Queen Elizabeth and the Spy in the Palace, review: a potted history of royal espionage

Channel 4 has a habit of suggesting that its royal documentaries are uncovering secrets hidden in the archives. In fact, they are highlighting secrets that authors have already dug out of the archives. It’s an unnecessary embellishment – why not simply say you’re presenting a potted history of a fascinating subject?

Queen Elizabeth and the Spy in the Palace told the story of Anthony Blunt, which will never cease to be fascinating. Cambridge-educated art historian, third cousin of Queen Elizabeth the Queen Mother, Surveyor of the King’s Pictures, and Soviet spy.

Blunt was outed by Margaret Thatcher in 1979 and died in 1983. A storyline in a past series of The Crown briefly brought him back to public attention, but I’d wager that there are many people out there for whom his name will ring only the faintest of bells, and this primer was a good place to start.

The assembled experts included Blunt’s biographer, Miranda Carter, and Alastair Laing, curator emeritus of pictures and sculpture at the National Trust. Laing counted Blunt as a friend, and blamed the “malevolent influence” of Guy Burgess for the path taken.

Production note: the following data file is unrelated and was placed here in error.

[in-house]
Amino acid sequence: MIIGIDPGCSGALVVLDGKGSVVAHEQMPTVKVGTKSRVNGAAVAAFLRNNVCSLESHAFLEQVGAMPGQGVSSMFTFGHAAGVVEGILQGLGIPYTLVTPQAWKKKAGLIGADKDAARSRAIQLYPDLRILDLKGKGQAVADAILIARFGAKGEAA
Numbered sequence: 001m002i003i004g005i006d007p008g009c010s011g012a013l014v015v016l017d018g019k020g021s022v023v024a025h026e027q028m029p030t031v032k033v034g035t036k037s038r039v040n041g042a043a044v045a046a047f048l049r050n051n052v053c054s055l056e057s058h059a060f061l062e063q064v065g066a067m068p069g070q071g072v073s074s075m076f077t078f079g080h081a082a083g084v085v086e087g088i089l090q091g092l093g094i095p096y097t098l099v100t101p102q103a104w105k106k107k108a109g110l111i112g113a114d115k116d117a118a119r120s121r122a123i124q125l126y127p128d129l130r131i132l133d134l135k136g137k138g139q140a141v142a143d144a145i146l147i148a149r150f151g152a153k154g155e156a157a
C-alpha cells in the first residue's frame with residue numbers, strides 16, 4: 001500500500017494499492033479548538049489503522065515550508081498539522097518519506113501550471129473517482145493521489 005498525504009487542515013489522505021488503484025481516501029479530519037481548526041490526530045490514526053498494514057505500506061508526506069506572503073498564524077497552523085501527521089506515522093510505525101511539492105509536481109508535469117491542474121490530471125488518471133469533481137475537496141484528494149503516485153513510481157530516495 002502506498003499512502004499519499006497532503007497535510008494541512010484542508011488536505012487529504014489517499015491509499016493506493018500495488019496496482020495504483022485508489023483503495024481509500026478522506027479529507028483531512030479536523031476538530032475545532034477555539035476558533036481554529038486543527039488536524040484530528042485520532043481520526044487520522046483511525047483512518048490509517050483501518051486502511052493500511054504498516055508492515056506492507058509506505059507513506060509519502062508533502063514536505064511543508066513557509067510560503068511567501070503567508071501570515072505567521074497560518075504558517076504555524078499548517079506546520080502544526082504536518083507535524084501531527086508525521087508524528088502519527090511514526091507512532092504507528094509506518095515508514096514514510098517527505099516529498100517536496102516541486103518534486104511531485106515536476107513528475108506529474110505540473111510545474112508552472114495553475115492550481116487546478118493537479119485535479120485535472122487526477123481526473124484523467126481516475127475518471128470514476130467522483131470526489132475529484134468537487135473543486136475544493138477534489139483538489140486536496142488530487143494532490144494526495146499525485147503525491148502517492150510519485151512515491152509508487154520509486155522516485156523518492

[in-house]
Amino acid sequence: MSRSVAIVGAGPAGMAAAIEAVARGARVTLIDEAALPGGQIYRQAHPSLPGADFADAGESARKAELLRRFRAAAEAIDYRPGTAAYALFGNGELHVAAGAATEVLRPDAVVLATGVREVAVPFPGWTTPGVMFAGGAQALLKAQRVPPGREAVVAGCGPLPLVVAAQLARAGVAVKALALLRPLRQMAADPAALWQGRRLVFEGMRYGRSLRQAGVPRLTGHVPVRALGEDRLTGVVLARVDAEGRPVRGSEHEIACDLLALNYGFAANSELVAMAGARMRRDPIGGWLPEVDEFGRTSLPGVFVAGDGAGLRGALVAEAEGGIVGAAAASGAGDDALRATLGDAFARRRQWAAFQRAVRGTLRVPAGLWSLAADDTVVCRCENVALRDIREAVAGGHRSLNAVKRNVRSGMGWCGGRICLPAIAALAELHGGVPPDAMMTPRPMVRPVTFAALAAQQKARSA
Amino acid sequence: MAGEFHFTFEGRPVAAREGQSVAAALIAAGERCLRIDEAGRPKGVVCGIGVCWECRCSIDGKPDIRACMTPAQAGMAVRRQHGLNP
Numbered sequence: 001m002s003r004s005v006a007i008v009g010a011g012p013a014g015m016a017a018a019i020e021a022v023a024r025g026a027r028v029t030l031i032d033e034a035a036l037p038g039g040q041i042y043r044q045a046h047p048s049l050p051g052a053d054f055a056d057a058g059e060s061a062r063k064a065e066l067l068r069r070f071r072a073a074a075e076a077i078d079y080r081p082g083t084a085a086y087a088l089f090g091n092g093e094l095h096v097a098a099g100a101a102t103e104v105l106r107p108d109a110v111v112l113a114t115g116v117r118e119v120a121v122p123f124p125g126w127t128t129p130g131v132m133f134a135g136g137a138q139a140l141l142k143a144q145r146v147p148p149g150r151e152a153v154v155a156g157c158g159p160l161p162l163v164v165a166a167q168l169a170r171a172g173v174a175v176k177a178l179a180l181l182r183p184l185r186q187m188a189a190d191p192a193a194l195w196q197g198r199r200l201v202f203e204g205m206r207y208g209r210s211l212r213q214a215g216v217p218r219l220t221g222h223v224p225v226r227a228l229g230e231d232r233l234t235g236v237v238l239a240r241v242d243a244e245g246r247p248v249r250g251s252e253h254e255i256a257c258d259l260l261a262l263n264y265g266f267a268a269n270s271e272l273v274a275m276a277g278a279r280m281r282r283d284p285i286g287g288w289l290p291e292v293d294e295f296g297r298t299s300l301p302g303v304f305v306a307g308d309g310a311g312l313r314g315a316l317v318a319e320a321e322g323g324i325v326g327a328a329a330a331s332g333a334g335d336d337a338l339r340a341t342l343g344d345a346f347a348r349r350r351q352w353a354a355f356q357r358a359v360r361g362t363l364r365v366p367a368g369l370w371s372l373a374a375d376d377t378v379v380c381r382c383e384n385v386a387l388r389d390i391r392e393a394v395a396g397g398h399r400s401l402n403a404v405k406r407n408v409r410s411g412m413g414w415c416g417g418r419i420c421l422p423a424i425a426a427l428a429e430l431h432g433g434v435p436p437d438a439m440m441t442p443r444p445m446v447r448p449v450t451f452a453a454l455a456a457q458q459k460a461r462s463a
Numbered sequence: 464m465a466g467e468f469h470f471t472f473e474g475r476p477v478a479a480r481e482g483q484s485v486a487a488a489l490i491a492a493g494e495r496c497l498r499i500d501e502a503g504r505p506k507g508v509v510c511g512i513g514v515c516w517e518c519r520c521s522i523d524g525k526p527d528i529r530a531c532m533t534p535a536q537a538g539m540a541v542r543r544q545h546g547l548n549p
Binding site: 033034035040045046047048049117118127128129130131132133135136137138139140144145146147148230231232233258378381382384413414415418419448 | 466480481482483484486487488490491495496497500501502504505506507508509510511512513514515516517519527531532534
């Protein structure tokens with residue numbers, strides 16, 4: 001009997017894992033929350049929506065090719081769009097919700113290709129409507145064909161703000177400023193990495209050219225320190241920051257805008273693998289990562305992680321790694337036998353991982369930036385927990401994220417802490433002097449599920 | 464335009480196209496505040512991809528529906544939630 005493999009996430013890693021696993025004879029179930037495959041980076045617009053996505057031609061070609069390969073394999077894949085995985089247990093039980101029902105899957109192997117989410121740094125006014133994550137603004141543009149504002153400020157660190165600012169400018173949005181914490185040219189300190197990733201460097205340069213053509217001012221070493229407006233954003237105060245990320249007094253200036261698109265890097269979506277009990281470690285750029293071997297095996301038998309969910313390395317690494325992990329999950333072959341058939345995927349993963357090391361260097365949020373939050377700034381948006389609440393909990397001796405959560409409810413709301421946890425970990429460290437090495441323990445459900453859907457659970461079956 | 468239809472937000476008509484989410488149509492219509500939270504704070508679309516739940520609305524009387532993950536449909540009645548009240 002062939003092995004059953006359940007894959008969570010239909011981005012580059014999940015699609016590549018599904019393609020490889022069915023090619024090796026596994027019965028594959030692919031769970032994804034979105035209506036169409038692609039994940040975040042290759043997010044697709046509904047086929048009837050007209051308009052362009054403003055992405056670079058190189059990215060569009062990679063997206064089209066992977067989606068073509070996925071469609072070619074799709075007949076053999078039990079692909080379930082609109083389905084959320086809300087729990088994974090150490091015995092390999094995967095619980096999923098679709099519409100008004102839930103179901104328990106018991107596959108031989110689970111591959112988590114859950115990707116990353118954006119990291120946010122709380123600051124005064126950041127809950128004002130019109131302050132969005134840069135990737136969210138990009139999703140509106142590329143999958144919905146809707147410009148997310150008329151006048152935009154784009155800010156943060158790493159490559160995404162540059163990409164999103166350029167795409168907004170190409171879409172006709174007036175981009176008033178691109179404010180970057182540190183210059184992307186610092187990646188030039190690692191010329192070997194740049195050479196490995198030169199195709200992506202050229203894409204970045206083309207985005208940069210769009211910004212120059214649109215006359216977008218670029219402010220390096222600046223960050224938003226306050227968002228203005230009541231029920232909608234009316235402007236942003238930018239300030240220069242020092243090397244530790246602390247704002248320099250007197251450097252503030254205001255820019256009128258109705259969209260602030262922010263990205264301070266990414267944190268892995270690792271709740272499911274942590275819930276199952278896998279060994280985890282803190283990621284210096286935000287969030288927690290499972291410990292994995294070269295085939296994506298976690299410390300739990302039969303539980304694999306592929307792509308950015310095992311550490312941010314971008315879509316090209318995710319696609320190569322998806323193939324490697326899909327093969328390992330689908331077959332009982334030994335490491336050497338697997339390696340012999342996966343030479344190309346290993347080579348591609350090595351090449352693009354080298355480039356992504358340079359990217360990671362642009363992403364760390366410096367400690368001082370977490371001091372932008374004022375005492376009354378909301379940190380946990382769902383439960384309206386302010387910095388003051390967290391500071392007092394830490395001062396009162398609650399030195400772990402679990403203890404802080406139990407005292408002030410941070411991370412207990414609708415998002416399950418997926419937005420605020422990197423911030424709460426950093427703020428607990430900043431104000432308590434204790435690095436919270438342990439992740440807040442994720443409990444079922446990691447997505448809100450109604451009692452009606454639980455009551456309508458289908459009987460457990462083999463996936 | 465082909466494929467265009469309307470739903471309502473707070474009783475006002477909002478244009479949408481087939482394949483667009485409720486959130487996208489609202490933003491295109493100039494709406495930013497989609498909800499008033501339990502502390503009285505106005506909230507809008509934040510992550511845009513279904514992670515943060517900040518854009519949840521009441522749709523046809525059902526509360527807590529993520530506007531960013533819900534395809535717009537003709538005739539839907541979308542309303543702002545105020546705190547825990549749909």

Laing was an interesting interviewee, and cited a reason for Blunt’s absence of loyalty to King and country: Britain’s criminalisation of homosexuality. “He must have felt, in some way: how loyal am I to a country that could potentially do this to me?” Then again, the Soviet Union was hardly a beacon of gay rights.

The security services kept Blunt’s 1964 confession quiet. The documentary did its best to point to a royal cover-up too, running with the idea that Blunt had been sent to Germany in August 1945 to retrieve documents that could have embarrassed the Royal family. It wasn’t just the Duke of Windsor who was cosying up to the Nazis, the programme told us – in the words of historian Piers Brendon, George VI was “implicated in the appeasement business right up to his fetlocks”.

The programme went on to suggest that Blunt had passed this kompromat to the Russians. Juicy stuff – but overreaching, because there was no evidence to back the claim. It would be little surprise, though, if one day more secrets emerge.

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